On August 6, 2021, the Biden Administration announced that the U.S. Department of Education will extend the suspension of payments for most federal student loans one last time, through January 31, 2022. Borrowers will have their payments automatically suspended without penalty or accrual of interest.
Collection actions, wage garnishments, and Treasury offsets for defaulted federal student loans are also paused through January 31, 2022.
The suspension applies to Federal Direct Loans and Federal Family Education Loans (FFELs), but only FFELs that the U.S. Department of Education owns—not FFELs held by other entities. Borrowers with Perkins Loans held by entities other than the Department of Education also aren't covered.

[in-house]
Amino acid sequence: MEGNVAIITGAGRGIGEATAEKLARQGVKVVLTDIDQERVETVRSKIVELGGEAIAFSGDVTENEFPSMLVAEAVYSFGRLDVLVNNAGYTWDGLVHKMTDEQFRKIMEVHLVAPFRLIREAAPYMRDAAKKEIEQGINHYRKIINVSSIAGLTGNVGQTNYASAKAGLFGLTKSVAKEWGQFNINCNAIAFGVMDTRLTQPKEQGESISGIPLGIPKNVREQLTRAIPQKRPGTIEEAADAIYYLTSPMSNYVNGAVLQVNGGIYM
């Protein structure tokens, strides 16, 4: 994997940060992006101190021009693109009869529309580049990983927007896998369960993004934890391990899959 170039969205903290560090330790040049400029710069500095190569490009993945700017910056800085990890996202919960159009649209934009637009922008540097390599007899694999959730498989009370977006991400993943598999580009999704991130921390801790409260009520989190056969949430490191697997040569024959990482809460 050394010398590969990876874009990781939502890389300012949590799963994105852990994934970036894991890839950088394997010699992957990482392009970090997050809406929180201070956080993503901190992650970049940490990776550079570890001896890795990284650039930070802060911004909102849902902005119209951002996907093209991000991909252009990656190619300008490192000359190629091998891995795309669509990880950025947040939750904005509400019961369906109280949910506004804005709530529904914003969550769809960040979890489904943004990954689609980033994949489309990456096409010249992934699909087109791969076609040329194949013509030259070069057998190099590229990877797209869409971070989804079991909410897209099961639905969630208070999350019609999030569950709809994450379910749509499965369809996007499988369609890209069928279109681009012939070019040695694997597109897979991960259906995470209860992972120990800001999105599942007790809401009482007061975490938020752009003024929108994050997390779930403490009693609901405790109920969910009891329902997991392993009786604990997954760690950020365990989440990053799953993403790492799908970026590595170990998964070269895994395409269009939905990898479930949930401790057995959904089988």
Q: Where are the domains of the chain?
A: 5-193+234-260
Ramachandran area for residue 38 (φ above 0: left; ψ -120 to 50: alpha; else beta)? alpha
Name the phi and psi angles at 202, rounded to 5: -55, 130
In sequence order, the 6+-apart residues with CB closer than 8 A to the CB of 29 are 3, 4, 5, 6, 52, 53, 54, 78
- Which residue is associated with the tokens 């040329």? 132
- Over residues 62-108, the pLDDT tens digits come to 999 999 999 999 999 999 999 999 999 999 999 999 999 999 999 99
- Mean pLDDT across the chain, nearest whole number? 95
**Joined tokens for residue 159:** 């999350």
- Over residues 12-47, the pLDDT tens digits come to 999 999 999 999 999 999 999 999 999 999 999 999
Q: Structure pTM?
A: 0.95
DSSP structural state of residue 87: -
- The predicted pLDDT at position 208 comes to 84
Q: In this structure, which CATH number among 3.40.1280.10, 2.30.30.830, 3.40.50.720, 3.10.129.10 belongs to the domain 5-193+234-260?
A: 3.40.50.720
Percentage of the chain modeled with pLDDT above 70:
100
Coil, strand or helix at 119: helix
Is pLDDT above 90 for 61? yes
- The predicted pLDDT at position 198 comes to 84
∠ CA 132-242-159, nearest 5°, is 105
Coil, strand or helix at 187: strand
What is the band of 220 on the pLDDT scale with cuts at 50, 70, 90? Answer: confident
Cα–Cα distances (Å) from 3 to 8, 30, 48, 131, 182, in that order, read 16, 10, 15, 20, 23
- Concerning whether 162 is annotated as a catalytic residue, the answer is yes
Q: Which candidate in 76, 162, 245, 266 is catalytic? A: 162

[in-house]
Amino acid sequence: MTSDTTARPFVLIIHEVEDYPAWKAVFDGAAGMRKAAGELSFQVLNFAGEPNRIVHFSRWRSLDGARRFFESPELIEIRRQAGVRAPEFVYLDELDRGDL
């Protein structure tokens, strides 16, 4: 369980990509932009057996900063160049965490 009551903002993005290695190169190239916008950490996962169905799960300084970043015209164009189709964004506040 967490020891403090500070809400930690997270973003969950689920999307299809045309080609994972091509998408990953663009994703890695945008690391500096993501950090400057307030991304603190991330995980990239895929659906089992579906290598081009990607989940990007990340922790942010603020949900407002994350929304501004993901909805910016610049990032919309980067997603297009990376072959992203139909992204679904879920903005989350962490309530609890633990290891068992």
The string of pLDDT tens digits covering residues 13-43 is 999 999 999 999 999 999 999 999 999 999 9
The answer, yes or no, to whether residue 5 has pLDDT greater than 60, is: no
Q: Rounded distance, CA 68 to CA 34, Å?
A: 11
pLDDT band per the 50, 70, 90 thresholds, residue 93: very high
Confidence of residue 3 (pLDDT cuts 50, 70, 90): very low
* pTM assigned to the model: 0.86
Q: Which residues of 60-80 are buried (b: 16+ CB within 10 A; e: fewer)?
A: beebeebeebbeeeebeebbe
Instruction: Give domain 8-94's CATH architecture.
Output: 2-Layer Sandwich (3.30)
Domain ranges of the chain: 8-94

Private student loan borrowers don't get relief either. If you have private student loans, call your lender to see if any alternatives are available to help you out during the coronavirus crisis. Some states have reached agreements with servicers to help borrowers who don't have federal student loans.
Again, collection actions, wage garnishments, and Treasury offsets for defaulted federal student loans are on hold through January 31, 2022. Any borrower with defaulted federal loans whose wages are garnished can get a refund.
During the suspension, the nonpayments will still count as qualifying payments for student loan forgiveness programs, including Public Service Loan Forgiveness. They'll also count toward the number of payments required under an income-driven repayment plan and the nine months needed for loan rehabilitation.
To learn more about handling your federal student loans during the COVID-19 pandemic, see How to Manage Your Federal Student Loans During the Coronavirus Outbreak.
Effective date: August 6, 2021